NASA’s 2015 International Space Apps Challenge April 11-12 coincided with the 35th anniversary of the monster of all space-age hackathons: the ill-fated Apollo 13 flight. 35 years ago, engineers on the ground labored desperately to make things on the wounded spacecraft do things they were never intended to do so the astronauts could be returned safely to Earth.
Most of the thousands of individuals worldwide participating this year’s Space Apps hackathon hadn’t even been born when the Apollo 13 crisis occurred, and their efforts didn’t have immediate life-or-death implications. But they threw themselves enthusiastically into a variety of challenges, and collectively came up with some amazing solutions that can potentially improve life on earth and experiences in outer space.
The Reno Space Apps team—one of 133 around the globe—was split between two projects:
- GEO (Geological Environment Observer) is a data-visualization device that uses meteorological input to emulate actual weather conditions–including lighting, visuals and sound–occurring at a remote location.
- Biggest Little Solar System is a scale model of the solar system that can be deployed in Reno or elsewhere and–with some virtual- and augmented-reality enhancements–used for education and/or entertainment.
GEO: A Sense of Home in Outer Space
Using the open-source Tempescope ambient weather display as a model, the GEO group hacked together a functioning GEO device that simulates the sights and sounds of rain, lightning, wind, fog, clouds and light variations. While the Tempescope was designed to display tomorrow’s predicted weather in your home today, a GEO in space would use real-time meteorological data from Earth to recreate the current weather conditions in an astronaut’s home town.
“The idea is to combat depression and anxiety astronauts may experience in long-distance space flight,” said Ashley Hennefer, the GEO team leader. “Research has shown that ambient lighting and sound can contribute to psychological well-being, and there is evidence that connections to the Earth’s natural environment have a positive impact on astronauts in space.”
Using meterological data from NASA as input, the GEO can also function as an earthbound display of the climate conditions on other planets. For example, the Reno Space Apps group experimented with making their prototype GEO display with weather conditions on Mars.
The GEO group found they couldn’t use the open-source Tempescope software, and had to develop the GEO code pretty much from scratch. The results were impressive, but Hennefer said the sound system still needs work. “We can start the sounds manually, but we still need to figure out how to get the GEO to automatically make the appropriate sounds when particular weather conditions—such as rain, wind and lightning—are displayed.”
Bringing Space Objects Down to Earth
While the GEO group is taking something from earth and manifesting it in space, the Biggest Little Solar System group is basically doing the opposite. The BLSS team is building a scale model of the solar system that can be implemented on earth, using the Fleischmann Planetarium’s dome—a model of the sun—as a starting point. At this scale, Earth is 3.5 inches in diameter and .65 miles away from the model sun, and the solar system is approximately 40 miles across. Pluto’s orbit would go through Fernley.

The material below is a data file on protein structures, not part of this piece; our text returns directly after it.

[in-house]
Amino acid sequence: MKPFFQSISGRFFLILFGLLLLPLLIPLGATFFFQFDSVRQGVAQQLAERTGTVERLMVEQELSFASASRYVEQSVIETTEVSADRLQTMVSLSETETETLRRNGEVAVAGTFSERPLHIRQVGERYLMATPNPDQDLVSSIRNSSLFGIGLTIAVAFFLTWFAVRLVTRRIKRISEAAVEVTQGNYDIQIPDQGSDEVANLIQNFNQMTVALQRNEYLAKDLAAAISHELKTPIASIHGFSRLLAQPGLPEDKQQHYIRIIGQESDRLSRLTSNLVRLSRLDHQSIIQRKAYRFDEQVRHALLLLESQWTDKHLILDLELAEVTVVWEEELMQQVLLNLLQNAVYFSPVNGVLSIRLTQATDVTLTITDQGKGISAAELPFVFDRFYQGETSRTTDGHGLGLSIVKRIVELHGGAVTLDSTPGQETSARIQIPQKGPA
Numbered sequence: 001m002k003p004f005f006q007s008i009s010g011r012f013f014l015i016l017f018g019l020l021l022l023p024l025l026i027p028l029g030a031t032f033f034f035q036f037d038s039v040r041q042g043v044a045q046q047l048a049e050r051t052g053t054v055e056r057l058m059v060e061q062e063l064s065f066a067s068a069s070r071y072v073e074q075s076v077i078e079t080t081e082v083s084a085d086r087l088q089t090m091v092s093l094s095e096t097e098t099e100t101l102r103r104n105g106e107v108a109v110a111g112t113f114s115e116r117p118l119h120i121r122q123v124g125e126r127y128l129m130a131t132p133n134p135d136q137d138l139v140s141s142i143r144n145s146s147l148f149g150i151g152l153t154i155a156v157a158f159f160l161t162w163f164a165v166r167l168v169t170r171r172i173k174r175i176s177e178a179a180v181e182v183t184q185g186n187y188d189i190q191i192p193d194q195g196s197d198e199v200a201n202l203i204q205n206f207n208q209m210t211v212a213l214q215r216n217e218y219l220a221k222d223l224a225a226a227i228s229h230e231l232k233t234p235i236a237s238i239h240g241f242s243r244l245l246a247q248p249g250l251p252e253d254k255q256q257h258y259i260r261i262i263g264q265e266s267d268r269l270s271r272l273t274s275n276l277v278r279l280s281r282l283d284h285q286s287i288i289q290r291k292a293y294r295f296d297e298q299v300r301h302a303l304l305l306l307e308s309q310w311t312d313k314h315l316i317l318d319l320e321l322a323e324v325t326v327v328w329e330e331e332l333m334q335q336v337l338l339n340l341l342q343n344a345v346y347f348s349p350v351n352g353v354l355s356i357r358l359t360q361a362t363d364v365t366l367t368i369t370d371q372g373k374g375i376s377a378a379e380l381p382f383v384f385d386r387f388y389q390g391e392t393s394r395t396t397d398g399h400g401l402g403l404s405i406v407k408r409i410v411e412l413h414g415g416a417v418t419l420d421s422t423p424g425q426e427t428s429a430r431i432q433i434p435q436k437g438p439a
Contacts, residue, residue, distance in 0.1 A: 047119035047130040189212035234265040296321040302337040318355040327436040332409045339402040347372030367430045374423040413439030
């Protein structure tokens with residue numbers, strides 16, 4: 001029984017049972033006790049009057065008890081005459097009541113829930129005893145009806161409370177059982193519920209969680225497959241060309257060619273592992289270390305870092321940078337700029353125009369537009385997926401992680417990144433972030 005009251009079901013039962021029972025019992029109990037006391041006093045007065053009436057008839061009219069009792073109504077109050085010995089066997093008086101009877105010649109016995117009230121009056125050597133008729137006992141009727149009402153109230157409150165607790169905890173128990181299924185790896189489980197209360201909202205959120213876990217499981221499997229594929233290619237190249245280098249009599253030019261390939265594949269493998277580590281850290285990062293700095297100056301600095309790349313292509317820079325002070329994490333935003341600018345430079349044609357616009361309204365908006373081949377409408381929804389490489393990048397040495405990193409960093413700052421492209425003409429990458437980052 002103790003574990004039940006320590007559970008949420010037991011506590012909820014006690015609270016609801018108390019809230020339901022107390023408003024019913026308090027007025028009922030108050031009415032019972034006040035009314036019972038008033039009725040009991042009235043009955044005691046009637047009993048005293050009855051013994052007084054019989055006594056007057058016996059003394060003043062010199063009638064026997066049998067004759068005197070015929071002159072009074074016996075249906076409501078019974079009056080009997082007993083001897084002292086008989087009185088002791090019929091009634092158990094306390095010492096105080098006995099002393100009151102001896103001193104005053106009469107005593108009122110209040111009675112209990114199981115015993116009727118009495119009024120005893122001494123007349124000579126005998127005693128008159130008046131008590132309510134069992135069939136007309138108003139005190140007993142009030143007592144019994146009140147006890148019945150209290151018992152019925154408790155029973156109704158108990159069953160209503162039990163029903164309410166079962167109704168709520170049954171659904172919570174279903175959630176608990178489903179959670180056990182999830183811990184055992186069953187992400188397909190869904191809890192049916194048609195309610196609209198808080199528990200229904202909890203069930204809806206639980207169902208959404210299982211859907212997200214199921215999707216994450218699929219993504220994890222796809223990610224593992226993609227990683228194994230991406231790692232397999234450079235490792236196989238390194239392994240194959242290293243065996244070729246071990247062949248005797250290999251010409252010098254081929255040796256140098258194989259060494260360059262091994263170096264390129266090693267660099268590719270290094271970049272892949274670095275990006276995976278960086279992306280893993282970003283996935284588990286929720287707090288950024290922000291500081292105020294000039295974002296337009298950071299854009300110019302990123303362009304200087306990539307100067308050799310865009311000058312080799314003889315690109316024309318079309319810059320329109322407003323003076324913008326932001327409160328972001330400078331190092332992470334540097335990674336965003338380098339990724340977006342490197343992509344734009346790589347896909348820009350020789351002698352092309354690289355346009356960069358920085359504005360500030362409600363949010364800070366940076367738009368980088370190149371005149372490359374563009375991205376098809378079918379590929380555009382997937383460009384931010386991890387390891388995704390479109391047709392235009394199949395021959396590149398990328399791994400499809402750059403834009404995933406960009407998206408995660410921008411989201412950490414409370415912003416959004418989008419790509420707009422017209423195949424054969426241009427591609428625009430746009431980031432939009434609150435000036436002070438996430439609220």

Once the BLSS is implemented across a region, beacons on the model planets are picked up by mobile phones that come within range. An augmented-reality app could show users their current position in the model solar system, and let them explore the particular object they have just reached. A geocaching extension could be used to create an augmented-reality scavenger hunt.
“Such games could be combined with a host-a-planet program that would promote local businesses and non-profits,” said Joe Chavez, one of the BLSS team members. “You adjust the scale of the BLSS so the planetary orbits go through certain key locations, where you place beacon-equipped models of the appropriate solar system objects.”
The BLSS group took a modular approach, assigning different people to various parts of the project. Collectively, the group is developing a web application, mobile apps for IoS and Android phones, an augmented-reality application, and an API that connects the BLSS to data from NASA and other public sources.
“As we got into the project, we found that the planetary-orbit data was scattered about and updated differently, and couldn’t be fed as is into the BLSS,” said Chavez. “We had to build an API that can normalize the data so the model’s planets can be positioned appropriately.”
The group also struggled a bit with converting the Cartesian geography coordinates of space into Earth’s latitude-and-longitude positioning, and with addressing all the variables in the planetary orbits. The elliptical patterns of the actual orbits in space are independent of each other, and are not all on one plane.
Now that the two-day hackathon is over, Reno and the other Space Apps Challenge teams around the world have a week to finish projects and submit them to NASA along with a 60-second video synopsis. NASA will take several weeks to judge the entries, and is expected to announce the winners on May 11.
In its fourth year, the International Space Apps Challenge has grown into the world’s largest hackathon. Part of NASA’s incubator innovation program, the Space Apps Challenge event provides a forum for a two-way technology transfer. NASA technology and data can be commercialized or otherwise applied on Earth, while real-world problems NASA still faces are crowdsourced to Space Apps participants.